KIX Rock-and-roll band wonders why it climbs ladder of success so slowly

September 06, 1991|By J.D. Considine | J.D. Considine,Sun Pop Music Critic


When: Sept. 6-7, 8 p.m.

Where: Hammerjacks, 1102 S. Howard St.

Tickets: $11.

Call: 752-3302 for information, 481-6000 for tickets.

There's no need to tell the members of Kix that good things XTC come to those who wait. What they want to know is how much longer that wait is going to be.

Don't get them wrong -- these guys don't have anything against patience or perseverance. How else could they have held together over the last decade, slowly building an audience from album to album?

Certainly, there has been progress. Although "Kix," the band's 1981 debut, sold a mere 60,000 copies, "Blow My Fuse," its last album, moved almost 900,000. As for "Hot Wire," the latest Kix album, it passed the 250,000 mark in a mere two months.

But where some groups go from minor to mega in the blink of an eye, Kix seems stuck with having to climb the ladder one rung at a time. And frankly, they can't help but wonder why.

"We look at the bands that influenced us, like AC/DC and Aerosmith, and I don't know that we're doing things much differently than they did," says singer Steve Whiteman, over the phone from his home in Hagerstown. "We are forever scratching our heads, going, 'What are we doing that isn't the answer? What is the answer?' "

According to the record industry, the answer is "ballads." Because Top-40 radio has, of late, turned a deaf ear to the aggressive, good-time rock and roll that has been Kix's stock-in-trade, the group has been under tremendous pressure to put "Tear Down the Walls," the slow song from "Hot Wire," out as a single.

Which, it turns out, is something Kix is kicking against. Never mind that a similar single -- "Don't Close Your Eyes," from "Blow My Fuse" -- was the band's biggest success to date, climbing to No. 11 on the Billboard Top-40; forget the fact that without radio support, Kix will spend even more months struggling up the ladder.

The band just doesn't want to get a reputation for being something it's not.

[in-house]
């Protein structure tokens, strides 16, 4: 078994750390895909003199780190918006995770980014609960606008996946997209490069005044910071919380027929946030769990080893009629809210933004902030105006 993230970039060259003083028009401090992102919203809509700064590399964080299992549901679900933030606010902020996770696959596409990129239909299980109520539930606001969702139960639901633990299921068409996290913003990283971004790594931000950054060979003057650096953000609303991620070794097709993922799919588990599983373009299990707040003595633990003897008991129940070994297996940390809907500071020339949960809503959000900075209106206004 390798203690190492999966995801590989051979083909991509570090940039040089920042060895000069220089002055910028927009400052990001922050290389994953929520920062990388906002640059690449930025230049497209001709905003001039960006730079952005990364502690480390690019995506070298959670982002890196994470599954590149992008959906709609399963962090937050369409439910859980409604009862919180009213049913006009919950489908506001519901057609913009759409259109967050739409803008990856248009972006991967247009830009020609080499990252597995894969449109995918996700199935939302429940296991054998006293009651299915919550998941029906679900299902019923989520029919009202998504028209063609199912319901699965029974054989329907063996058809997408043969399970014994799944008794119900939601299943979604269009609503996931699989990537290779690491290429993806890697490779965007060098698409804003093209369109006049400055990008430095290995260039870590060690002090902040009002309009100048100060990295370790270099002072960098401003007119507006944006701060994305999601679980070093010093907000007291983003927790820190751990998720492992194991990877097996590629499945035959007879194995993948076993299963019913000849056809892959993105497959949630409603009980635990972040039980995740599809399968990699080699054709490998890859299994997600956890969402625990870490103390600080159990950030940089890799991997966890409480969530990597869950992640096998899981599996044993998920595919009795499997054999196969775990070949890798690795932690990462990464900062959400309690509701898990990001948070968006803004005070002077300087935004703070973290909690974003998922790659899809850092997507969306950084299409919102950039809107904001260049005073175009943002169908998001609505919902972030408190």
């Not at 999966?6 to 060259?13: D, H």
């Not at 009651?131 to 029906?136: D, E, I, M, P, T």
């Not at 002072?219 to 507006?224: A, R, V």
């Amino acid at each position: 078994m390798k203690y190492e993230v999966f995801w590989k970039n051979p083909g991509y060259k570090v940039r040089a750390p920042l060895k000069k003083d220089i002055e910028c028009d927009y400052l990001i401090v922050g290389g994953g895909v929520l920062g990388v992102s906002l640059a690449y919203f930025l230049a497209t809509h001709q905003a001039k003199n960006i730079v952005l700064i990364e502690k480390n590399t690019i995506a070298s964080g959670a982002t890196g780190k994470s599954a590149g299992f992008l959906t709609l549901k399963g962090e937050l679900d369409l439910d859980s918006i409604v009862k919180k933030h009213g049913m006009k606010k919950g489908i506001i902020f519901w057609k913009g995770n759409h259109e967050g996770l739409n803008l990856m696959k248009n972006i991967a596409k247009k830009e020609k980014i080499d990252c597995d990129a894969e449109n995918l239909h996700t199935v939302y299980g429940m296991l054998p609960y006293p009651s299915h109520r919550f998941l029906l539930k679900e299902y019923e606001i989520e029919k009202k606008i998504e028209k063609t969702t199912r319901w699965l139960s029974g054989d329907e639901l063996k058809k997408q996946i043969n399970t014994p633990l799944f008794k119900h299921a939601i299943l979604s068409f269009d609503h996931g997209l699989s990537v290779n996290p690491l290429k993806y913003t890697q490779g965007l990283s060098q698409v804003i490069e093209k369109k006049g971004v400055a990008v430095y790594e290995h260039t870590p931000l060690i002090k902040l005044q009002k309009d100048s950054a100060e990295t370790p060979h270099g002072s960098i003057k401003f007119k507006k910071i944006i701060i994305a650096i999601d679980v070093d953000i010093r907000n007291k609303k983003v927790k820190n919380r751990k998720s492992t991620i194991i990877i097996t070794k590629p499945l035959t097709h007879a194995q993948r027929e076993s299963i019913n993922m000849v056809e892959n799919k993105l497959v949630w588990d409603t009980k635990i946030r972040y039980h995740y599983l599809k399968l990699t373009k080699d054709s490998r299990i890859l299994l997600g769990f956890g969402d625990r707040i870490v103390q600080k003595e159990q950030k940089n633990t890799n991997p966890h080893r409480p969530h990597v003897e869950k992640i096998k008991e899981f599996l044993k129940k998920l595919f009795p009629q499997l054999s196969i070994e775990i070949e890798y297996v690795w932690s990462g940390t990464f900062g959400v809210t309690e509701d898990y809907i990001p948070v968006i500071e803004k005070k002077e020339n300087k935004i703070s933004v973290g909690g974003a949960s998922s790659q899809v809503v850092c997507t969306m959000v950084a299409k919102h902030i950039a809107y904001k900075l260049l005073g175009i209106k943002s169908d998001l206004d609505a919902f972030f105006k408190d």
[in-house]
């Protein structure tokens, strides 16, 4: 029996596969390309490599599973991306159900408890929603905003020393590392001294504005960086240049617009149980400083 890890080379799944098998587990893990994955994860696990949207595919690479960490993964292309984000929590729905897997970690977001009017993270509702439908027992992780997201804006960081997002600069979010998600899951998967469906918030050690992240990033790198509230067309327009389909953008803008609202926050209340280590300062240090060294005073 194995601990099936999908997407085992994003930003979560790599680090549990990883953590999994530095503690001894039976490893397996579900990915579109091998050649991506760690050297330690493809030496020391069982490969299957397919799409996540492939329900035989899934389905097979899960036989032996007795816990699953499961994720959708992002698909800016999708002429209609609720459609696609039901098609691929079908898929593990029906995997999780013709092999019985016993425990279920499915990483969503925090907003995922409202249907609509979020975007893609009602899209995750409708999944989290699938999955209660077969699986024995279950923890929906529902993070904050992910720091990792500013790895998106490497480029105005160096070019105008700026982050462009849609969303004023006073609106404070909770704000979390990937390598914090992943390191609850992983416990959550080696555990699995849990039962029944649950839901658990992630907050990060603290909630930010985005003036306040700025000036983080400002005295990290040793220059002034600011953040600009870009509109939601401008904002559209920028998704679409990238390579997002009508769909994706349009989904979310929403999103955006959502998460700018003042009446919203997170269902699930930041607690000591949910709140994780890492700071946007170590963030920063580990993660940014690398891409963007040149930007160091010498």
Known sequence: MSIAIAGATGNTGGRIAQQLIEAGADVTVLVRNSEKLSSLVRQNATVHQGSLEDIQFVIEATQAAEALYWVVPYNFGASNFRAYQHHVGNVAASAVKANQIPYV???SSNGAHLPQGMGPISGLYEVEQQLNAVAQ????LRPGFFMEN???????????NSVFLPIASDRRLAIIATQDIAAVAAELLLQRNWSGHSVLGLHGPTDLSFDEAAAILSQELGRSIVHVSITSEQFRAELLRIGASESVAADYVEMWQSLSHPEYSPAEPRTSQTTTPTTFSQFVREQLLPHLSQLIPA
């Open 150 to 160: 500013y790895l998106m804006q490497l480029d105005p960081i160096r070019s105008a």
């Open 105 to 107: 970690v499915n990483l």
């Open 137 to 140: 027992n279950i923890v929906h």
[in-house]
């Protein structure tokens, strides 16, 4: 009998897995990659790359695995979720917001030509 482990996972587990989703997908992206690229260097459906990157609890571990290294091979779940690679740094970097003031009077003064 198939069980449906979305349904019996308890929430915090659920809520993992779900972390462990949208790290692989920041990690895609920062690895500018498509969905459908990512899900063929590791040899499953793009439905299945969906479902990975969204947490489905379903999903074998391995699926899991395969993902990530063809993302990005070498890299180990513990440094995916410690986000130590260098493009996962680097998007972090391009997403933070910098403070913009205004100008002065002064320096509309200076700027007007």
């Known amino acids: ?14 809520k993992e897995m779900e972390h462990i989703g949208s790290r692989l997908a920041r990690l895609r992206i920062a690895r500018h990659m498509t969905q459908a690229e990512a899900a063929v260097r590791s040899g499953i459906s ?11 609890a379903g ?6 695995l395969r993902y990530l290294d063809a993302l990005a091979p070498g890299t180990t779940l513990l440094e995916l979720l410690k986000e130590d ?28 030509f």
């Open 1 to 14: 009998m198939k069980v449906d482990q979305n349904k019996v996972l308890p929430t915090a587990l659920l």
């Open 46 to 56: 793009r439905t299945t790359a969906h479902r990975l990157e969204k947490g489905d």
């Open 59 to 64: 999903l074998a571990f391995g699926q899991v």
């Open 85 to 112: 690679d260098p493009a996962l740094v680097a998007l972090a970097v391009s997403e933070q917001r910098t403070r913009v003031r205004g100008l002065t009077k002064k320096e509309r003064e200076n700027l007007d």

"What we lack in brains, we have in integrity," says Whiteman with a laugh. "We just don't want to be known as a ballad band, because that's not what we're about. We want people to realize that this is a hard-rocking, kick-ass rock and roll band.

"We were hoping to get more mileage out of 'Girl Money,' " he adds, referring to the driving, AC/DC-style rocker that was the first single from "Hot Wire." Whiteman says the band figured it had "a whole different feel" from anything else on rock radio, and that it would give Kix an edge on radio play.

Unfortunately, he says, "It had a shorter life than we wanted. So now everybody wants to naturally go for the ballad. It's like the ace in the hole."

Interestingly, what seems to annoy Whiteman the most about this pro-ballad campaign is that it seems to him to reek of desperation.

"It makes it look like everybody is running around, going, 'Oh God, we've got to do something now,' " he says derisively. "And we hate that. We hate when people panic. Because we have never panicked.

"For 12 years we've been busting down walls. If we hit a wall, we just back up and we go right through it. We're not used to just turning and going the other way."

But Whiteman appreciates that these are tough times on the hard rock circuit, and understands why a certain amount of panic might come into play. "Kids aren't coming to shows, and bands that were arena openers or even headliners have to resort to the clubs right now," he says. "And even the clubs aren't a guaranteed sellout.

"I was talking to Kip Winger [from Winger] the other day, and Kip was saying the same thing. He said, 'Rock and roll is in tatters right now.' "

Even so, Kix is likely to make out all right. Twelve years of non-stop touring may not have put the band on the cover of Rolling Stone, but it has given it a dependable base of support.

"We've always got our area," he says. "We have [clubs] from Boston to Florida that we can just keep playing, because no matter how many times we play there, it will sell out. Because we've got a great, loyal following. So we have that in our back pocket, and we do appreciate that. That'll sustain us.

"And I'm sure 'Tear Down the Walls' is going to be out as a single real soon," he adds, "because they're hellbent on it. But we're trying to get them to release a hard rock track along with the ballad, just so it's established that we are a hard rock band."

It won't be easy. It may not even make that climb up the charts any faster.

But if any band understands, this one does. "All we can do is go out and just keep knocking away at it," says Whiteman. "Our motto is, 'Never give up.' And we never will.

"We're here for the duration."

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